Kidney cells from amniotic fluid obtained from cesarean section at delivery
Amniotic fluid can be routinely obtained without harming the mother or the fetus. Researchers have previously demonstrated that amniotic fluid contains mesenchymal stem cells with great differentiation and regenerative potential. Importantly, amniotic fluid stem cells are immune privileged, non-carcinogenic and their potential clinical applications such as cell-replacement therapies to treat bone defects, ischemic stroke, bladder dysfunction and pulmonary disease have been described. However, the origin of amniotic fluid stem cells is not understood.
A collaborative study by Prof. Dr. James Adjaye of the Institute for Stem Cell Research and Regenerative Medicine and multi-institutional collaborators has been published in the journal—Stem Cell Research and Therapy, showing for the first time that human amniotic fluid contains mesenchymal stem cells of kidney origin. The numbers of these cells increased with gestational time, meaning amniotic fluid obtained during delivery had the highest number simply because of the increased volume of amniotic fluid (composed of fetal urine) bathing the fetus at this stage.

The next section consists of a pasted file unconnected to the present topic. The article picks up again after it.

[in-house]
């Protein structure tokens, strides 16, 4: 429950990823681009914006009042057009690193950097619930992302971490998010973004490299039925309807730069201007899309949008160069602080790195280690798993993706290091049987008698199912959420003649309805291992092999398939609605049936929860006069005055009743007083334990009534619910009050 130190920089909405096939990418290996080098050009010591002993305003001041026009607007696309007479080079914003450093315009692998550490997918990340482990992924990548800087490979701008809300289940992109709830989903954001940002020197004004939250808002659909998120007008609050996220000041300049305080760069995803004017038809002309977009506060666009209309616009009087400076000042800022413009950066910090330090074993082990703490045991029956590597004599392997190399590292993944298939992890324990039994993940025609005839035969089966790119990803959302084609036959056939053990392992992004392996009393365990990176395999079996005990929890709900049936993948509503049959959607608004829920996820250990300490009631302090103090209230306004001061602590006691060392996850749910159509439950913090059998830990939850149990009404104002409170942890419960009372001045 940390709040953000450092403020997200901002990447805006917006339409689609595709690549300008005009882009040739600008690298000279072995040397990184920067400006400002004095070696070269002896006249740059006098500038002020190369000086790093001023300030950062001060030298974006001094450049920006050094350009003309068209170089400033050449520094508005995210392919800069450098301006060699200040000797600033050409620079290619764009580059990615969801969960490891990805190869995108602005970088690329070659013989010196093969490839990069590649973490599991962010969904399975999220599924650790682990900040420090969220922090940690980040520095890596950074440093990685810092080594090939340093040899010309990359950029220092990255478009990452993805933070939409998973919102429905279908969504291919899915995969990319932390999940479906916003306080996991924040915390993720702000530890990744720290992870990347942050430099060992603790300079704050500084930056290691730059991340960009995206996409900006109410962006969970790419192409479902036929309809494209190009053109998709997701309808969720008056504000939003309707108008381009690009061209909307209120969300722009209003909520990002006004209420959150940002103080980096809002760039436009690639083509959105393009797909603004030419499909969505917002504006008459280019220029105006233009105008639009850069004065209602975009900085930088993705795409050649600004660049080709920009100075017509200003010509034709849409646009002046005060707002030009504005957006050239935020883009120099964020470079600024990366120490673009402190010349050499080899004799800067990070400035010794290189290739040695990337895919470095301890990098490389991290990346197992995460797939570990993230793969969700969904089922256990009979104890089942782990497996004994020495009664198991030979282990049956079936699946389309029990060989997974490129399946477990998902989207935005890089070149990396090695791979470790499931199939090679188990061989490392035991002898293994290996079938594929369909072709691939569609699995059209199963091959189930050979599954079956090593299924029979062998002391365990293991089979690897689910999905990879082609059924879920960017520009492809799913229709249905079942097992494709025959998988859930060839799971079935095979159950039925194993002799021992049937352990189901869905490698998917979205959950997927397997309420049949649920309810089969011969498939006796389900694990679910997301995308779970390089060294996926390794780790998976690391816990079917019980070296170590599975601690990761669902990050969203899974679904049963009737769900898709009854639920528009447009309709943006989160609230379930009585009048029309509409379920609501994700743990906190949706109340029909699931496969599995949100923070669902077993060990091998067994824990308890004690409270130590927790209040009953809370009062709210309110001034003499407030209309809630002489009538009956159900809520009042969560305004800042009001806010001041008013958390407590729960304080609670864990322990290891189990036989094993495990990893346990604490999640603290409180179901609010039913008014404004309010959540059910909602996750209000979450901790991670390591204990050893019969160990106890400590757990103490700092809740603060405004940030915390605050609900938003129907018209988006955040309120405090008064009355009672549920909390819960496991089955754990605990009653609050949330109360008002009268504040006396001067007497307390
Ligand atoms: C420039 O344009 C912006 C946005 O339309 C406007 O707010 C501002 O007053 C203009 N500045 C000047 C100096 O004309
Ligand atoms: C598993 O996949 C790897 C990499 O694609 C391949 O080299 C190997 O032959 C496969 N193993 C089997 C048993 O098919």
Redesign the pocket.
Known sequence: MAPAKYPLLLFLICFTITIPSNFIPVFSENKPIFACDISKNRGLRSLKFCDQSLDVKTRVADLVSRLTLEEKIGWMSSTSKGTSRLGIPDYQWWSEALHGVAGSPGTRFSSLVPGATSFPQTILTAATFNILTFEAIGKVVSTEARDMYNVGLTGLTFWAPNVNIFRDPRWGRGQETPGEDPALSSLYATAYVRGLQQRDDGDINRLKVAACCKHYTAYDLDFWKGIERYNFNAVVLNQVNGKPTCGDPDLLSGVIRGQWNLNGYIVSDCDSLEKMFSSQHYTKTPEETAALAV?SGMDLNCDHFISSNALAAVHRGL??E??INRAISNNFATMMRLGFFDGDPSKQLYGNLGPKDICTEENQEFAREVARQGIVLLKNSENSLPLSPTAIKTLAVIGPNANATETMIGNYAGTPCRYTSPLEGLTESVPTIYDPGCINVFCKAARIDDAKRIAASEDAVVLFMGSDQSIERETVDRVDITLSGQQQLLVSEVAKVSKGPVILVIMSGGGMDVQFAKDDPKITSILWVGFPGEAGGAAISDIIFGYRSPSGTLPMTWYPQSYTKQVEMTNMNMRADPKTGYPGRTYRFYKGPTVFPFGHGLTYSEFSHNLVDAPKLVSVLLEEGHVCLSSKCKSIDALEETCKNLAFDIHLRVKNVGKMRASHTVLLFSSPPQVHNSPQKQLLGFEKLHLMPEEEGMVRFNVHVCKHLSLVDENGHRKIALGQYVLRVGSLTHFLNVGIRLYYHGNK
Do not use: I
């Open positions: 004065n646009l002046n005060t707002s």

Lead authors Md Shaifur Rahman and Lucas-Sebastian Spitzhorn write, "The kidney-related features of amniotic fluid stem cells are of high interest as a promising cell source for research on nephrogenesis, modelling kidney-related diseases, nephrotoxicity testing and drug screening."
The derivation of 3-D kidney organoids directly from these cells without the need of induced pluripotent stem cells or renal cells cultured from kidney biopsies will add valuable insights into how the kidney develops.
Prof. Dr. Adjaye senior author, concludes: "Our ongoing research on renal stem cells isolated directly from urine, combined with molecular biology and bioinformatic analysis of the genes expressed in these cells enabled us to define these cells as originating from the kidney. At present kidney dialysis and kidney transplantation for managing kidney diseases are limited due to the shortage of compatible donated organs and high associated costs. In view of this, amniotic fluid should be regarded comparably with cordblood as valuable sources of fetal stem cells with regenerative potential and useful for therapeutic applications."